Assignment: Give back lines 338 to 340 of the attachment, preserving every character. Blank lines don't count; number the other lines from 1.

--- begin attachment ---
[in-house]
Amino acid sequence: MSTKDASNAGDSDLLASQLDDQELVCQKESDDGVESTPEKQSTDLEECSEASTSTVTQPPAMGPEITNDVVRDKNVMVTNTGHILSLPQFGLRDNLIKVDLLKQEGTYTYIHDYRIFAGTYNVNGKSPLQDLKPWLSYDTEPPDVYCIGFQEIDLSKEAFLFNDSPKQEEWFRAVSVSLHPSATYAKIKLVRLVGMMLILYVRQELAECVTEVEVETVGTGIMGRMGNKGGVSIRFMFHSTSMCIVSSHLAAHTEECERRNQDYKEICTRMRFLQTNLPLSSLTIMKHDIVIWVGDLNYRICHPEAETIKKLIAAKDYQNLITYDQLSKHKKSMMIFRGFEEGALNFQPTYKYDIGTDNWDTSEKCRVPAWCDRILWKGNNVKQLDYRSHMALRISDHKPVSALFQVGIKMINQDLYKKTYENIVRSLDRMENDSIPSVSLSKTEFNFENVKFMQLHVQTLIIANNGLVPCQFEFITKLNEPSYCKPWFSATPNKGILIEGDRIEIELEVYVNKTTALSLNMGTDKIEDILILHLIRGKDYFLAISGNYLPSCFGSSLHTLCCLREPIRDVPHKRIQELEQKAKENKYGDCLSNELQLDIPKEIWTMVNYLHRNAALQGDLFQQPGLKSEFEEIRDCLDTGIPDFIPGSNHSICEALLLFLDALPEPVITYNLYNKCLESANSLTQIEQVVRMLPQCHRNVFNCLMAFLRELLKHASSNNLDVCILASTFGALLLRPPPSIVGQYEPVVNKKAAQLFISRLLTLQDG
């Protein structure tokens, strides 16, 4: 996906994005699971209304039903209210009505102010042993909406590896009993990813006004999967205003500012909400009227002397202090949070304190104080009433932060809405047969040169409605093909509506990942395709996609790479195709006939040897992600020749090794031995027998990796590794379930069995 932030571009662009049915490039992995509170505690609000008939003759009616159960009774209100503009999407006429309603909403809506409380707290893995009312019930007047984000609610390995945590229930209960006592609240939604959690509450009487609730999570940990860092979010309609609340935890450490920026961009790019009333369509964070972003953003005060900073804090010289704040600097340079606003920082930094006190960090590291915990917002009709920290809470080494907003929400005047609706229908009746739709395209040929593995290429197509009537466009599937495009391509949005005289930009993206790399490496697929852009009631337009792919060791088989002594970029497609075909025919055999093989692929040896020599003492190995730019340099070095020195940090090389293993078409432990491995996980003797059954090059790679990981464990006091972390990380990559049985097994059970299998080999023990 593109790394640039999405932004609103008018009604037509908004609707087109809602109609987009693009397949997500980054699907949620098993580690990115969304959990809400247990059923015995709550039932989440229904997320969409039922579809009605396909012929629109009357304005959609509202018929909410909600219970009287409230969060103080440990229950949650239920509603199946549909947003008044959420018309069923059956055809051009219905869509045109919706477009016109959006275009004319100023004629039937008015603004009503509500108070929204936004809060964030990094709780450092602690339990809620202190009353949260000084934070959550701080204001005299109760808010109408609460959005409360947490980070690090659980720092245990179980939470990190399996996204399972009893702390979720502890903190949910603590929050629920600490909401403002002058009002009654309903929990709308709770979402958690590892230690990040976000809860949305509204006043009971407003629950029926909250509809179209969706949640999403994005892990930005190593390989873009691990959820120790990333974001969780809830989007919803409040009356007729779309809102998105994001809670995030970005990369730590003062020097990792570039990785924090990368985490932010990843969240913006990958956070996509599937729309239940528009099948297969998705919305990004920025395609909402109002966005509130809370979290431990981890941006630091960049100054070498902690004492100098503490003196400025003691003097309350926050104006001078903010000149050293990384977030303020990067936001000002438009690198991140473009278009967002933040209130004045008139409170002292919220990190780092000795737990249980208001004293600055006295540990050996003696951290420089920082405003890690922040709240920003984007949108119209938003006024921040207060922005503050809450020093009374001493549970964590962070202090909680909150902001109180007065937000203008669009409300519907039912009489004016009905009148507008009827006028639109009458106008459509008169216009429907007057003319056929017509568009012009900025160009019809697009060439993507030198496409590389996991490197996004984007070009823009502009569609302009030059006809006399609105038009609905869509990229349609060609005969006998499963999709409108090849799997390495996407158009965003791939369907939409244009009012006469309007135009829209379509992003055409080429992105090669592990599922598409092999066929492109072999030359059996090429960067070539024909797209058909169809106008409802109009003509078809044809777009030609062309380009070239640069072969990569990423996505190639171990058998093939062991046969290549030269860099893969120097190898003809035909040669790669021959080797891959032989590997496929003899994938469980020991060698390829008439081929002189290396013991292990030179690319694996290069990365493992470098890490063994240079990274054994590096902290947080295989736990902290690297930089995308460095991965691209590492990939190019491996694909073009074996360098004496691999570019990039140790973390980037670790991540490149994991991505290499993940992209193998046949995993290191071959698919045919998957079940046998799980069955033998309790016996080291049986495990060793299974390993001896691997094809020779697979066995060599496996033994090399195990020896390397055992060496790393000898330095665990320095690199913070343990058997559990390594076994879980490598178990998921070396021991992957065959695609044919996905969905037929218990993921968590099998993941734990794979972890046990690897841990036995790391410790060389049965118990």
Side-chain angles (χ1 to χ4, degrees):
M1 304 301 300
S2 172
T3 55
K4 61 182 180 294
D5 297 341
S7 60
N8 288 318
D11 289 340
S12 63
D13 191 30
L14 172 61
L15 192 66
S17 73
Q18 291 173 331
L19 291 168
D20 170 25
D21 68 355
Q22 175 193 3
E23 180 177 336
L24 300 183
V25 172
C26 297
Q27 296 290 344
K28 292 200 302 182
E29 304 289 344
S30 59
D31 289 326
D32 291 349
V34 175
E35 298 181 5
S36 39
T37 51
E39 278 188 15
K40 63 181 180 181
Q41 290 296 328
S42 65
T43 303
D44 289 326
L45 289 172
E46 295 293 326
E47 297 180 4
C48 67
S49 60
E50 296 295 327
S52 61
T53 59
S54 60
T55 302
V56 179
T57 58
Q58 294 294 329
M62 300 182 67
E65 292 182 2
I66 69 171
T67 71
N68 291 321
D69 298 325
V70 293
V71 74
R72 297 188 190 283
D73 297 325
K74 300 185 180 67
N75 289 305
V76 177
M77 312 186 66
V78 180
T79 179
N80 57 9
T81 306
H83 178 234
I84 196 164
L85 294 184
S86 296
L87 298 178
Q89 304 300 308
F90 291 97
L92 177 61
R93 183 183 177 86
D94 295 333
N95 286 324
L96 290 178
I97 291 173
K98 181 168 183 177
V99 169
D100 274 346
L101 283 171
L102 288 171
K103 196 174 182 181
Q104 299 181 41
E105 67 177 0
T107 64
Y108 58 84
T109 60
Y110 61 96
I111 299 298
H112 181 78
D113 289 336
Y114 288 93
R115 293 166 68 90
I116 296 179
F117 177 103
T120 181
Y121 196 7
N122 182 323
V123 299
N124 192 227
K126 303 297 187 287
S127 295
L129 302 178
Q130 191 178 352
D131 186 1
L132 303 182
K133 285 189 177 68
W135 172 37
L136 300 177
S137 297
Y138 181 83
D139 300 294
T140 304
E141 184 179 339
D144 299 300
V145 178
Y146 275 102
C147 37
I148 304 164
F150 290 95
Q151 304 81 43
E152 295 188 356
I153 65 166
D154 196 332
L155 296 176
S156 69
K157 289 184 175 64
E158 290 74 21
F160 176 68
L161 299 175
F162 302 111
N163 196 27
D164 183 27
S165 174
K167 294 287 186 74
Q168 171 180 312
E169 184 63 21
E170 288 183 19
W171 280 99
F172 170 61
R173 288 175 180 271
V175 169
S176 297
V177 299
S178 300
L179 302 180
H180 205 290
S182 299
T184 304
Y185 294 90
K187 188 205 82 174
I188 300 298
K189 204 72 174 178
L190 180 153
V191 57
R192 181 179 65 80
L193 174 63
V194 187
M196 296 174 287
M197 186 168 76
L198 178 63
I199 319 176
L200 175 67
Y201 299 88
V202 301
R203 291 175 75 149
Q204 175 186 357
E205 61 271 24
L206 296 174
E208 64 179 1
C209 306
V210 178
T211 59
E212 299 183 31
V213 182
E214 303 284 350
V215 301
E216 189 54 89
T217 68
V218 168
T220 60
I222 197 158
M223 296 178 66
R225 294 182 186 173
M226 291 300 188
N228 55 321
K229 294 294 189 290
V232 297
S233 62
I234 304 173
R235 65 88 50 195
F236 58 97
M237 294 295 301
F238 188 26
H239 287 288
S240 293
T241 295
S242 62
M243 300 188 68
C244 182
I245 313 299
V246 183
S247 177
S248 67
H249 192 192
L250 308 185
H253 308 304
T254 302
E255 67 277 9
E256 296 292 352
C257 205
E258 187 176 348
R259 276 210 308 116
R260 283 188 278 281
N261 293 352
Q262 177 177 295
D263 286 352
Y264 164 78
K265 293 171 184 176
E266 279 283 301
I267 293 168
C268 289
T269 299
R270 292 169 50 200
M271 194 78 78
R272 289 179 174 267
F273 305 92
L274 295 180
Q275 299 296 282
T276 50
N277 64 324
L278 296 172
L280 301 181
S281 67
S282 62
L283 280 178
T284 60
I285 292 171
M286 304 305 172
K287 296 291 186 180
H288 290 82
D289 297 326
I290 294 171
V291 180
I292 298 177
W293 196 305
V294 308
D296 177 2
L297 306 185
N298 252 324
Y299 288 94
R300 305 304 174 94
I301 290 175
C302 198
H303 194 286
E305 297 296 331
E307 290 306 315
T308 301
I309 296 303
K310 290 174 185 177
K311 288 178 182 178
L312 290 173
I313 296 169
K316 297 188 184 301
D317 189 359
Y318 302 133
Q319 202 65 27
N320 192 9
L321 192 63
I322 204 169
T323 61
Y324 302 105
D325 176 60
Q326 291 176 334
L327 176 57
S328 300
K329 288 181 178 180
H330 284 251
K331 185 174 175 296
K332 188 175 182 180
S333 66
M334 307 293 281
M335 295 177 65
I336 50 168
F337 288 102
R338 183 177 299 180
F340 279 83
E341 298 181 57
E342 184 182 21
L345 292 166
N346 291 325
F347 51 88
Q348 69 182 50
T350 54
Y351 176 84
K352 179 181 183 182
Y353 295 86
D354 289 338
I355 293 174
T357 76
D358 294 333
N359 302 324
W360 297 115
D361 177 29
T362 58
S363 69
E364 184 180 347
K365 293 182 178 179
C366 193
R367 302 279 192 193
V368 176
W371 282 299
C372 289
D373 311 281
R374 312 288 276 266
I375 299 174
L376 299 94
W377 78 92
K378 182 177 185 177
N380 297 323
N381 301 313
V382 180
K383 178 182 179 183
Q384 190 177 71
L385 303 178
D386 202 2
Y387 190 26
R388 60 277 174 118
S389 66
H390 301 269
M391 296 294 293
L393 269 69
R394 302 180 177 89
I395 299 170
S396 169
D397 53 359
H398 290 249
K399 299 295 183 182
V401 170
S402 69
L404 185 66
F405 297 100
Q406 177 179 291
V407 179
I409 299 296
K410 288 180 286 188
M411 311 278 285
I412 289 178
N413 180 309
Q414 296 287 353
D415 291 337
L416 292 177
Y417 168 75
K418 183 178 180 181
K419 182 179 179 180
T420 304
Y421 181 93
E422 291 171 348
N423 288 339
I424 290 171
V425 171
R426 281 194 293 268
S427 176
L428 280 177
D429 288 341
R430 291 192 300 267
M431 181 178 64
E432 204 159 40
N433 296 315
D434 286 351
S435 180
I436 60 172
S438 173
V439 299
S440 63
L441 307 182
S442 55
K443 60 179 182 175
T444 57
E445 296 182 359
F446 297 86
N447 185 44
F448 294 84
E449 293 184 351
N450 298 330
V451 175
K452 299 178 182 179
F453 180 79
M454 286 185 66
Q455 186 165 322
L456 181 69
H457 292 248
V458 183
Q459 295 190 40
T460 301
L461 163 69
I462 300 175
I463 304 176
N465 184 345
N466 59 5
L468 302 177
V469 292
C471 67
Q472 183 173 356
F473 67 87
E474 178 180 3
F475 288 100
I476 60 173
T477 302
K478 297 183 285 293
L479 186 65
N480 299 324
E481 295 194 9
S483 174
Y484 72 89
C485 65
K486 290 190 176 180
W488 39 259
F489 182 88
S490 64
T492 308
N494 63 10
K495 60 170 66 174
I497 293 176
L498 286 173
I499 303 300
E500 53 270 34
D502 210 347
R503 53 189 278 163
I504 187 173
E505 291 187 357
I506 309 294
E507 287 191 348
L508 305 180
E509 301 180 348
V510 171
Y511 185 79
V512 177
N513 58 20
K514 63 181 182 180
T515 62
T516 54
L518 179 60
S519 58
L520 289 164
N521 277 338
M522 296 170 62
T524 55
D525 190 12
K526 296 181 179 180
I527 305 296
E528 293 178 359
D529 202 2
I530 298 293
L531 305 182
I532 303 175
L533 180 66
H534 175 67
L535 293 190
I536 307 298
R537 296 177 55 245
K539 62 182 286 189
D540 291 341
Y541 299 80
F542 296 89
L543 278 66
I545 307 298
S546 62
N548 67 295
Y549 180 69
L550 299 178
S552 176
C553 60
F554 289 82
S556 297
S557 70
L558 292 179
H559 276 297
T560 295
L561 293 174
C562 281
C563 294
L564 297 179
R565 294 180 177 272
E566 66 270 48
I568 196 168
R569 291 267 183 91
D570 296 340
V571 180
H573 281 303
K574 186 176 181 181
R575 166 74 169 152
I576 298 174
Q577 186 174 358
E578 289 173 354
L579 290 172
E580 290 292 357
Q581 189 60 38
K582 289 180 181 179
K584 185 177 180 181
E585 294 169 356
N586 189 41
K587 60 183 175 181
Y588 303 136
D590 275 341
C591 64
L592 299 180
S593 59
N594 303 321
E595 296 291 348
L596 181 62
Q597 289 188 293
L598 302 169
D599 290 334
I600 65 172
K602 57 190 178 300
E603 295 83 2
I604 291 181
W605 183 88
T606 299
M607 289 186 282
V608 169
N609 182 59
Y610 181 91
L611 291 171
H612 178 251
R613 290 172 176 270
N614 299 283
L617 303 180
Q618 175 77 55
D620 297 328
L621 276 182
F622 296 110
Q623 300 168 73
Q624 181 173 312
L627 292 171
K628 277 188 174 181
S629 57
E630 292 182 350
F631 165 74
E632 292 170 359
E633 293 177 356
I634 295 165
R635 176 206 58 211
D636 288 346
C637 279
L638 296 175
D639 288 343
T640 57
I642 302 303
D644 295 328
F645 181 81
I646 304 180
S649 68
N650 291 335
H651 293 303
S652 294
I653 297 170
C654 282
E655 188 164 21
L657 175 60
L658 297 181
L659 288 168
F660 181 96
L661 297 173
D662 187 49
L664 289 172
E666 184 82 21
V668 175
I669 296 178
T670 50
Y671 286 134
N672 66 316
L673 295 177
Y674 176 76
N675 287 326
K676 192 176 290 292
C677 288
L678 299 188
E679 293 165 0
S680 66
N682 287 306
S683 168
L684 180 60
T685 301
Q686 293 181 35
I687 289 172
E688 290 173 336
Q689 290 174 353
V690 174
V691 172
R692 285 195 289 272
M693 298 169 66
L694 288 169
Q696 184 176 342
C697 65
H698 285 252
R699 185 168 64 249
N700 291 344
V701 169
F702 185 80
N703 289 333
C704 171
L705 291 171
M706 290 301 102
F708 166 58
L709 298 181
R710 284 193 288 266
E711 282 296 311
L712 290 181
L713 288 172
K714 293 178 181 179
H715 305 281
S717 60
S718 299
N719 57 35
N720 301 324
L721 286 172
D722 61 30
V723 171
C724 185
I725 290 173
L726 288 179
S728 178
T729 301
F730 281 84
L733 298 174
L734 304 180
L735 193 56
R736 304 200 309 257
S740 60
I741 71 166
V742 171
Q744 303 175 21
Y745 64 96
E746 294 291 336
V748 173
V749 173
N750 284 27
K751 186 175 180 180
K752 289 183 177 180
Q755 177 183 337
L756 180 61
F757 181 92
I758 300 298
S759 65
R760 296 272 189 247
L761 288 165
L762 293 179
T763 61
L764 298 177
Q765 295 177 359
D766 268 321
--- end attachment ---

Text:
R388 60 277 174 118
S389 66
H390 301 269